Sunday, October 14, 2012

Remembering Mary Kay


On Thursday, September 27, 2012, Mary Kay Meeker passed away. I worked with Mary Kay for nine summers. Below is something I wrote the day after her passing, but didn't get around posting it until now.
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The first time I came to Camp Timber-lee was in the summer of 1999. That was also the first time I met Mary Kay Meeker. I had arrived at staff training late and most of the rest of the summer staff was out and about on a scavenger hunt. My village leader took me to the village that I would be staying in for the week and I got settled in. Later that night, Mary Kay picked me up in her golf cart and took me to where the rest of the summer staff was playing some night game. I don’t remember too much about the conversation except that when I mentioned my college friend who had told me about Timber-lee, Mary Kay said, “Ah, yes, I know him. He’s one of the good ones.”

That first summer, I didn’t have a whole lot of interaction with Mary Kay. Back in those days, if you were a first time summer staffer, Mary Kay seemed intimidating, sitting atop a hill in her golf cart surveying the comings and goings. Occasionally she would stop me and ask me how my week was going, but beyond that, I didn’t have much personal interaction with her. I do remember an incident during the last week of camp that summer. I had a camper who had to leave early or something and it ended up with me getting a personal ride with Mary Kay in her golf cart. I don’t remember the whole conversation, but it was more personal than the one I had not long after my arrival at the beginning of summer. She asked about my future plans, she asked me what was my most memorable part of the summer, she asked me what was the biggest challenge I faced that summer, she asked what I thought about my experience, etc. Then she said, “I hope you come back, Tom. You’re one of the good ones.”

I did come back to Timber-lee the next summer (and the next and the next until I worked there for nine summers). It was that second summer that I really got to know Mary Kay. That summer, the summer of 2000, was the most difficult and challenging summer of my life. I had a lot of difficult cabins that summer, including one that ended up being my most difficult (and memorable) ever. It was halfway through the summer, during the week of Independence Day. I had a cabin that consisted of four inner city kids from Milwaukee, three kids from the wealthy suburbs of northern Illinois, and one kid from the suburbs and middle class of western Chicagoland. There was major culture class from the get go, but there was also some major spiritual warfare, particularly with one camper. While waiting in line for supper that night he told me point blank, “I hate you.” Things worsened from there. By the middle of the week, the almost unthinkable happened to this camper, (who I’ll call Johnny): he was going to be sent home.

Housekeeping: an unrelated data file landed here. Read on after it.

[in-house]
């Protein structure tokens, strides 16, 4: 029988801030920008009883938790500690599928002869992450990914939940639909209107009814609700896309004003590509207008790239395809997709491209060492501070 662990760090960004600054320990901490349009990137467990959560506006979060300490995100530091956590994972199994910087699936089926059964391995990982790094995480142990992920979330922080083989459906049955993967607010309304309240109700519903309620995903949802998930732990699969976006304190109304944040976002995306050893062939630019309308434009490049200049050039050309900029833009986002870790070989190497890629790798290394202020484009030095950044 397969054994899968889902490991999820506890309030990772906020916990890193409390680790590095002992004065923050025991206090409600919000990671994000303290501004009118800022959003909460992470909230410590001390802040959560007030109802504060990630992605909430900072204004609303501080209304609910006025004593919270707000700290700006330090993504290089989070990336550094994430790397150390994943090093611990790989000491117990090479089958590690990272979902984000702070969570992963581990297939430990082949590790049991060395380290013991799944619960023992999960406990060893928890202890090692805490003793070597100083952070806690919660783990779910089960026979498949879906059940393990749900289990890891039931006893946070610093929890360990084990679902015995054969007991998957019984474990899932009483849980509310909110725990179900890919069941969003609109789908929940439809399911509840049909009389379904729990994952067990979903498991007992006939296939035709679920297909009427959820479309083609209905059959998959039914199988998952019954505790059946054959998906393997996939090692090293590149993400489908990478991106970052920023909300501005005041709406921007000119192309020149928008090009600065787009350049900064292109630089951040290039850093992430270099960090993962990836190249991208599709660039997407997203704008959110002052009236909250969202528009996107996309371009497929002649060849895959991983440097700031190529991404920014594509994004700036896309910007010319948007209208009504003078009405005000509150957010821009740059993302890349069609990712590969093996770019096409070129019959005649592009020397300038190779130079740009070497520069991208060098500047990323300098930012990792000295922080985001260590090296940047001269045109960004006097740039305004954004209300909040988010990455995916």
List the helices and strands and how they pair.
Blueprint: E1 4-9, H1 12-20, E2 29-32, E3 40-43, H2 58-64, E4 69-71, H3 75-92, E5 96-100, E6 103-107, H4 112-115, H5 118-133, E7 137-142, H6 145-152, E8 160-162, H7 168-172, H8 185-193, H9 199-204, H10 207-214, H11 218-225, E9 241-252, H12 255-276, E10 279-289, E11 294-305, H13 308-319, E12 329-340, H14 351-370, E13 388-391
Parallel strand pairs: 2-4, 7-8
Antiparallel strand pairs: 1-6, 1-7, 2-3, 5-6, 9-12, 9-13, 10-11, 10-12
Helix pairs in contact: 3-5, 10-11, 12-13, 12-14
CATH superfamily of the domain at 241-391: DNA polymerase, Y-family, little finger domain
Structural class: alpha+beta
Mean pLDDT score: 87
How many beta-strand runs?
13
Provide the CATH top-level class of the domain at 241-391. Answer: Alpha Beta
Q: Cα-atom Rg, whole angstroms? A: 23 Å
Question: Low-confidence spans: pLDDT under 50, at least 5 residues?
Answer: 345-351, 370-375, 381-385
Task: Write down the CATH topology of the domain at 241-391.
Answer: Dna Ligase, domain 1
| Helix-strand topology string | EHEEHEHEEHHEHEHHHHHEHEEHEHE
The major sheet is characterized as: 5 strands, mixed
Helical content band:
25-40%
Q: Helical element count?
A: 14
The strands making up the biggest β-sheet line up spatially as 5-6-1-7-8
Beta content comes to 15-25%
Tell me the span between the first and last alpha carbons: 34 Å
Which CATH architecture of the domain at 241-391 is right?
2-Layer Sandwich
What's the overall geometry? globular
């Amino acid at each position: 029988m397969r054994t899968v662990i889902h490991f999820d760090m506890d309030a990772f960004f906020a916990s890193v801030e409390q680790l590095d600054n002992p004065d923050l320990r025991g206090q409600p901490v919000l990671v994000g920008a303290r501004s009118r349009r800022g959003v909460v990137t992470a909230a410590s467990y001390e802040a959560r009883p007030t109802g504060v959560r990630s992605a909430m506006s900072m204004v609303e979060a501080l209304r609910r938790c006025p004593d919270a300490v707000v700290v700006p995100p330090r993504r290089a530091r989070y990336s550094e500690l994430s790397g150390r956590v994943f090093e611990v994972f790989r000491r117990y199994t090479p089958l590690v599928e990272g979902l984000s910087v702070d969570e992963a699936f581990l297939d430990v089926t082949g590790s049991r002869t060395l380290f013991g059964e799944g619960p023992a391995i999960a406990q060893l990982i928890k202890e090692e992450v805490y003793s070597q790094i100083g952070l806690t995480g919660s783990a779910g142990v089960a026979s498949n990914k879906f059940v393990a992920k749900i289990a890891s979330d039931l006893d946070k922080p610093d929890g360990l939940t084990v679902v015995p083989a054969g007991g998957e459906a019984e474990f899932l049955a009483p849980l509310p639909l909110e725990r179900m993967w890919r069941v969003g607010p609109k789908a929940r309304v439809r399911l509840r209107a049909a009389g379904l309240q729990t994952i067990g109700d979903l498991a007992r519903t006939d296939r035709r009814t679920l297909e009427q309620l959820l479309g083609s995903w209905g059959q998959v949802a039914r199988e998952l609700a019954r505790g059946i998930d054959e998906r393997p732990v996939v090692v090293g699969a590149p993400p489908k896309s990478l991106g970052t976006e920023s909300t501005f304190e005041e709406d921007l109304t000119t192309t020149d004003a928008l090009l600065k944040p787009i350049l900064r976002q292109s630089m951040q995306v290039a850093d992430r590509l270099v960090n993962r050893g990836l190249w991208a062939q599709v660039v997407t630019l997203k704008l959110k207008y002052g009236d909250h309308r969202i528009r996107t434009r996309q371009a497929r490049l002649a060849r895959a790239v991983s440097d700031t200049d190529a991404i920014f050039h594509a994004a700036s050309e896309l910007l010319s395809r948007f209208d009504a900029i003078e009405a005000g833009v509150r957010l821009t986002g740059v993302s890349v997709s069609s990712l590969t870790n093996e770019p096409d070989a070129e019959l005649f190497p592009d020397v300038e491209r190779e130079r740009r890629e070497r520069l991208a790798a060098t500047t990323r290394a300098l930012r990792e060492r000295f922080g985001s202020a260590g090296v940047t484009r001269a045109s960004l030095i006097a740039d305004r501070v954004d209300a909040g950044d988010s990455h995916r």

We went to his room to pick up his belongings. Then we went to the main office to speak with Mary Kay. She hadn’t yet called to have him picked up and was going to have him do that, but first she wanted to have a chat. It was during this meeting that Mary Kay came to be one of the women I have most respected and admired in the world. She started talking with Johnny and after asking about four or five questions, he was crying. She knew exactly the right questions to ask to get him to open up and all the barriers came tumbling down. She knew children so well. She gave offered Johnny the opportunity to stay at camp, but only if I was willing to continue to be his counselor. I agreed. I wish I could say that Johnny stayed at camp for the rest of the week and things improved dramatically. Things improved, but only temporarily and on Friday afternoon, less than 18 hours before the end of the camp week, Johnny was sent home.

Even though I had known Mary Kay before then, it really wasn’t until that week that I got to know her. During that week I was made fully aware of all the things that went on behind the scenes that many summer staff people have no idea about. More importantly, I got to know Mary Kay much better and from that point on she no longer seemed to be the intimidating figure sitting in the golf cart atop the hill and was instead not only my supervisor, but my friend.

I know that Mary Kay touched the lives of countless others. More importantly, the light for Jesus that glowed forth from her spirit was brighter than any Olympic torch or city upon a hill. Physically she is no longer with us and she has gone to claim her reward from the Master. Those of us who knew her, will carry the memories of her with us throughout our lives. Well done, good and faithful servant. I look forward to the time we meet again.

2 comments:

Aaron Leonard said...

thanks for posting this tom. I know exactly what you mean, from the few interactions that I had with Mary Kay I saw all of this in her. As an intern and sparks leader at her church she was always very encouraging and I could tell that she believed in me more than I did myself.

TV said...

Aaron Leonard! How are you? Anyway, you're welcome. The writing didn't come out as good as I hoped, but I felt I really needed to write something. Thanks for reading.